Food & Drink

How to Make Your Own Ice Cream and Ginger Ale at Home

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This post was written by Alex Sorenson.

Ginger ale ingredients

For a fun change of pace, give making your own summer treats a try at home. Let Alex Sorenson be your guide to the tasty satisfaction of making homemade ice cream and tangy, spicy ginger ale.

Living in a state of perpetual summer around the equator gives us a convenient excuse for indulging in traditional summer delights whenever we feel like it. Ice cream, for example: a simple pleasure that can provide instant relief from even the most oppressive heat and humidity. Gather friends and family for an old-fashioned afternoon ice cream party and show off whatever novel flavor combinations strike your fancy. While you’re at it, it wouldn’t be a bad idea to whip up some refreshing cocktails with a batch of homemade, zingy ginger ale, though this requires about a week of lead time.

Homemade Ice Cream


Homemade ice cream is markedly better than anything store-bought, allows for endless experimentation with fl avors, and is a fun family activity.

Yield: roughly 2 pints or 900ml

450 ml (~2 cups) cream
250 ml (~1 cup) milk
133 grams (2/3 cup) sugar
A pinch (1/8 teaspoon) salt
6 egg yolks
Small splash of vodka (optional)

Flavorings – mix and match as you see fit:
• Vanilla: 2 vanilla beans, split and scraped into cream
• Cinnamon: one stick of cinnamon, crushed into pieces
• Mint: 1 cup of mint leaves, chopped
• Pandan: 2 leaves, bruised and knotted
• Fruit (bananas, strawberries, mango, durian, peaches, etc.): 1 cup of pureed fruit
• Spices (black pepper, cardamom, star anise, etc.): 2 tablespoons roughly ground
• Chocolate: 3 tablespoons cocoa added to cream, then finished hot base poured over 1 cup chopped dark chocolate and stirred until melted and combined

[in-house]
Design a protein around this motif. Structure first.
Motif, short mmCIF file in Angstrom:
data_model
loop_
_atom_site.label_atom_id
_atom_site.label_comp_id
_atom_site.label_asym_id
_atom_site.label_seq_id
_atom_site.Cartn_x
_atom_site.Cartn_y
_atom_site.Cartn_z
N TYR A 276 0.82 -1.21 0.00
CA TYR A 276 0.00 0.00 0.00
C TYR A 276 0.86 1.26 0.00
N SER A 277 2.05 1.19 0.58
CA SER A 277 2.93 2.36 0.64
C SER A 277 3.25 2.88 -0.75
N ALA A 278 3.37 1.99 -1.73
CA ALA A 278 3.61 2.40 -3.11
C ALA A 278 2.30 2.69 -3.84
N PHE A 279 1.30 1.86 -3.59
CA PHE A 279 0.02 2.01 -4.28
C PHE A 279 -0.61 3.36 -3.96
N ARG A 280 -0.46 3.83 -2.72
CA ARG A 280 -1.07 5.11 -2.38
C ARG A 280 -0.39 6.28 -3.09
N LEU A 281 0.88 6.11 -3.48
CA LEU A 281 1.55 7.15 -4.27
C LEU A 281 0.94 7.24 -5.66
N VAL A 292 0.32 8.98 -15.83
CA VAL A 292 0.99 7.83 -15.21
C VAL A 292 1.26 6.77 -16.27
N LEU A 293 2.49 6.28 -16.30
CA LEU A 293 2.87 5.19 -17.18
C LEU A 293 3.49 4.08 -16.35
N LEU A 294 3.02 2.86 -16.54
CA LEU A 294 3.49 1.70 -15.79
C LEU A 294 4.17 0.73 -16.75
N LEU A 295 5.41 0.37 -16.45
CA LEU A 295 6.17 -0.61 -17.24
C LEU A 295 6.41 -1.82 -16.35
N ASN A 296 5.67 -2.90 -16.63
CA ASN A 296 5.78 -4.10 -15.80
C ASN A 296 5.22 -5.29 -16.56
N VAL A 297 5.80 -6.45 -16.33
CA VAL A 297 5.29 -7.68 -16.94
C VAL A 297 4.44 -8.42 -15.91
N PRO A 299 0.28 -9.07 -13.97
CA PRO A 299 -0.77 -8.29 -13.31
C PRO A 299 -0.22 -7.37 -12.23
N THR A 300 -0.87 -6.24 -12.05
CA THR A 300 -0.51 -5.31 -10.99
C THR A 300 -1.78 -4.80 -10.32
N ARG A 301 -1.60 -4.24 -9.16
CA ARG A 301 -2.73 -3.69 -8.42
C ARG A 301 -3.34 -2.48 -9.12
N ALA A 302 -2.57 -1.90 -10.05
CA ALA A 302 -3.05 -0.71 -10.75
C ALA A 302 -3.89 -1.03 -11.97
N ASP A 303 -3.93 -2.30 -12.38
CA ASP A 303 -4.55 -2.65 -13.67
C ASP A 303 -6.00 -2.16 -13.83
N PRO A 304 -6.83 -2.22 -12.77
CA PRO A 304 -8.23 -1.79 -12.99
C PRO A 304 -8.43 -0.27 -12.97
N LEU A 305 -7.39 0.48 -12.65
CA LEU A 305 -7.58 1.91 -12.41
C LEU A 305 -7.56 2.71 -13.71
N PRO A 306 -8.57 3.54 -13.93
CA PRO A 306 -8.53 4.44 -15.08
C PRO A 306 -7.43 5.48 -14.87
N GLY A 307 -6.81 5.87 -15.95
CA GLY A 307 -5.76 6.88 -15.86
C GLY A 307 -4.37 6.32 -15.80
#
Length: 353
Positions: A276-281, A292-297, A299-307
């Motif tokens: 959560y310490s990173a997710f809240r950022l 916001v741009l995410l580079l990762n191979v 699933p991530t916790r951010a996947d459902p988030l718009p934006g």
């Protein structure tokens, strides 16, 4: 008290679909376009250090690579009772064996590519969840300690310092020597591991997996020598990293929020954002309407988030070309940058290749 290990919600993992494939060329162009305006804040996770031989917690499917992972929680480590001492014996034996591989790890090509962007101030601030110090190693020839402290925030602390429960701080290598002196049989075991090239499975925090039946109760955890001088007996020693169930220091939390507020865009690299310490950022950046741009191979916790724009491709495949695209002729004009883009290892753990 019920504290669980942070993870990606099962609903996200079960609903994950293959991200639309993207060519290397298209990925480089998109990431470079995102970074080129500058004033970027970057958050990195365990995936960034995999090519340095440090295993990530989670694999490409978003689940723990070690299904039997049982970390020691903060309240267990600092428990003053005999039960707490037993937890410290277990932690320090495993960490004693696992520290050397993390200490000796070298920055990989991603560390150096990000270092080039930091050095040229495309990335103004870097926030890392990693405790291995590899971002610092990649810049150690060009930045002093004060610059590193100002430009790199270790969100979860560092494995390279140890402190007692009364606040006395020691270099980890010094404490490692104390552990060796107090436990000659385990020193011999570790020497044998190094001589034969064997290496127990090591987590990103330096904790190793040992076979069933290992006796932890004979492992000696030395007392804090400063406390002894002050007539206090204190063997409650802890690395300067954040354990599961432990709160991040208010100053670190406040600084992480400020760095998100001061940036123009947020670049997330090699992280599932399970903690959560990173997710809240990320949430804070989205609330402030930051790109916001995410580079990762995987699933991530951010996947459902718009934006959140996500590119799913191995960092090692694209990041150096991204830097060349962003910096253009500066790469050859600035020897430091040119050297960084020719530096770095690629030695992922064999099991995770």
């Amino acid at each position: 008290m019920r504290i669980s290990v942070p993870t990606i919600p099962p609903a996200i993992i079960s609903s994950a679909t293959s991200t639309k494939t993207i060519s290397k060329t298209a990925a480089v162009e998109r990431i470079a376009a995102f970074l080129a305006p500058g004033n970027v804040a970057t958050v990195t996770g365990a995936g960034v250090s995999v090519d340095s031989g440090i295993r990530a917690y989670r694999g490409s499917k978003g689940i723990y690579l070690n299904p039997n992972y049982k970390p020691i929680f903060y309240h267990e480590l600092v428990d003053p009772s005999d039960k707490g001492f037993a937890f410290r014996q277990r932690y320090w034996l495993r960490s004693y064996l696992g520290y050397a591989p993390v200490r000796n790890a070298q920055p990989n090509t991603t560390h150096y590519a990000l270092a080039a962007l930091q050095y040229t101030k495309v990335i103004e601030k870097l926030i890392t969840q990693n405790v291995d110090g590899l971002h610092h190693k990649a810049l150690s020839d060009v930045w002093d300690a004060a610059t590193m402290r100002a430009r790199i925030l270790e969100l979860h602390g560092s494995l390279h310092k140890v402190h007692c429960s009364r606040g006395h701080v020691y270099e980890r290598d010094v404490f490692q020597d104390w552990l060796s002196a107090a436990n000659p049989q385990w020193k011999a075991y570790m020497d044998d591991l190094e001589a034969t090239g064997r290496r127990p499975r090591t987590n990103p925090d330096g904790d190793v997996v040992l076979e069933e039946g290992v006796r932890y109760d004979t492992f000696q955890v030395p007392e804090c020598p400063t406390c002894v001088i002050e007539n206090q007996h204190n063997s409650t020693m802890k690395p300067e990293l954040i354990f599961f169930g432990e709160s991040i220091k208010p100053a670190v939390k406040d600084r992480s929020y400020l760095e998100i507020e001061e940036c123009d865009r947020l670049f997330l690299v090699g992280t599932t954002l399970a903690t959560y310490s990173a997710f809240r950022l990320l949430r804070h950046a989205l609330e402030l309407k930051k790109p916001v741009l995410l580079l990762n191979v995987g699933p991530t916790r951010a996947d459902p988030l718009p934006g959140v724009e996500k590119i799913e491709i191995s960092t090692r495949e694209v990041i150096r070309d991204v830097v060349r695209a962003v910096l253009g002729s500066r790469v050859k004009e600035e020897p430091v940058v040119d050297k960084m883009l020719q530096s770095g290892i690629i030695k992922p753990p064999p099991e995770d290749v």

• Nuts: 1 cup toasted nuts, steeped in cream for one hour, then blended together, before adding to yolks
• Coconut: substitute coconut milk for regular milk, and add toasted, shredded coconut to finished base

This basic recipe is a blank canvas, to which you can add any flavors. As a general rule of thumb, things like spices, herbs and nuts should be added to the cream and steeped with it to infuse as much flavor, then any pieces are strained out at the end. For fruit, to keep a bright, fresh flavor, puree it and whisk it into the strained ice cream base after cooking and before chilling.


If you want chunks of ingredients in the final ice cream (nuts, diced fruit, cookie dough, chocolate chips, etc.) add them at the very end of the churning, allowing it to churn just long enough to distribute them.

In a medium pot, bring the cream, milk, salt, and half of the sugar to a simmer, then remove from heat. In a medium bowl, whisk the egg yolks and remaining sugar together. Whisking constantly, slowly drizzle the hot cream into the yolks. Whisk the yolk mix back into the rest of the cream in the pot, return to low heat, and gently cook, stirring constantly, until it thickens enough to coat the back of a spoon (around 170 degrees if you have a thermometer).

Strain the mix through a fine mesh strainer into a bowl and chill covered in the fridge for a few hours or overnight. Churn in an ice cream machine, according to its instructions. You can add a small splash of vodka at the very end of the churning, which helps keep the ice cream a bit softer in the freezer. Serve immediately, or store in freezer.